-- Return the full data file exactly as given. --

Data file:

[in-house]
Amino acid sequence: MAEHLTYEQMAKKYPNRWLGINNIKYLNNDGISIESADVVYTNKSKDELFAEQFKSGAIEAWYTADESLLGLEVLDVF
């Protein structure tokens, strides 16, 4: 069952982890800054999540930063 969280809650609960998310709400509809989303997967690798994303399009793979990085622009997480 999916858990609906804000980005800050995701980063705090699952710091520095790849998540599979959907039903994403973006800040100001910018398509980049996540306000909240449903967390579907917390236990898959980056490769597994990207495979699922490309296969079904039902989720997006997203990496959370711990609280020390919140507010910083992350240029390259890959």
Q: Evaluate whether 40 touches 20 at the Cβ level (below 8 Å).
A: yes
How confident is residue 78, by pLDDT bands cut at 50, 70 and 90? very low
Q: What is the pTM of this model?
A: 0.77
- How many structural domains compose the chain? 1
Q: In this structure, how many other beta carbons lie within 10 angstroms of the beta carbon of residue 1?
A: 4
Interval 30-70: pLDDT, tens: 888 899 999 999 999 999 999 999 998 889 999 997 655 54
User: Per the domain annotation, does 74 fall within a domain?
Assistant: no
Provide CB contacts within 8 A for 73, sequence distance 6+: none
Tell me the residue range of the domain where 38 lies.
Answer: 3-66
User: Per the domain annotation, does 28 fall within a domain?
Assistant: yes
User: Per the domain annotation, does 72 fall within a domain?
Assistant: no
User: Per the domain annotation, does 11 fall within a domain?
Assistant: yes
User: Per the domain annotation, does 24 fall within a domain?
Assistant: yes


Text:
[in-house]
Amino acid sequence: MAEHLTYEQMAKKYPNRWLGINNIKYLNNDGISIESADVVYTNKSKDELFAEQFKSGAIEAWYTADESLLGLEVLDVF
């Protein structure tokens, strides 16, 4: 069952982890800054999540930063 969280809650609960998310709400509809989303997967690798994303399009793979990085622009997480 999916858990609906804000980005800050995701980063705090699952710091520095790849998540599979959907039903994403973006800040100001910018398509980049996540306000909240449903967390579907917390236990898959980056490769597994990207495979699922490309296969079904039902989720997006997203990496959370711990609280020390919140507010910083992350240029390259890959």
Q: Evaluate whether 40 touches 20 at the Cβ level (below 8 Å).
A: yes
How confident is residue 78, by pLDDT bands cut at 50, 70 and 90? very low
Q: What is the pTM of this model?
A: 0.77
- How many structural domains compose the chain? 1
Q: In this structure, how many other beta carbons lie within 10 angstroms of the beta carbon of residue 1?
A: 4
Interval 30-70: pLDDT, tens: 888 899 999 999 999 999 999 999 998 889 999 997 655 54
User: Per the domain annotation, does 74 fall within a domain?
Assistant: no
Provide CB contacts within 8 A for 73, sequence distance 6+: none
Tell me the residue range of the domain where 38 lies.
Answer: 3-66
User: Per the domain annotation, does 28 fall within a domain?
Assistant: yes
User: Per the domain annotation, does 72 fall within a domain?
Assistant: no
User: Per the domain annotation, does 11 fall within a domain?
Assistant: yes
User: Per the domain annotation, does 24 fall within a domain?
Assistant: yes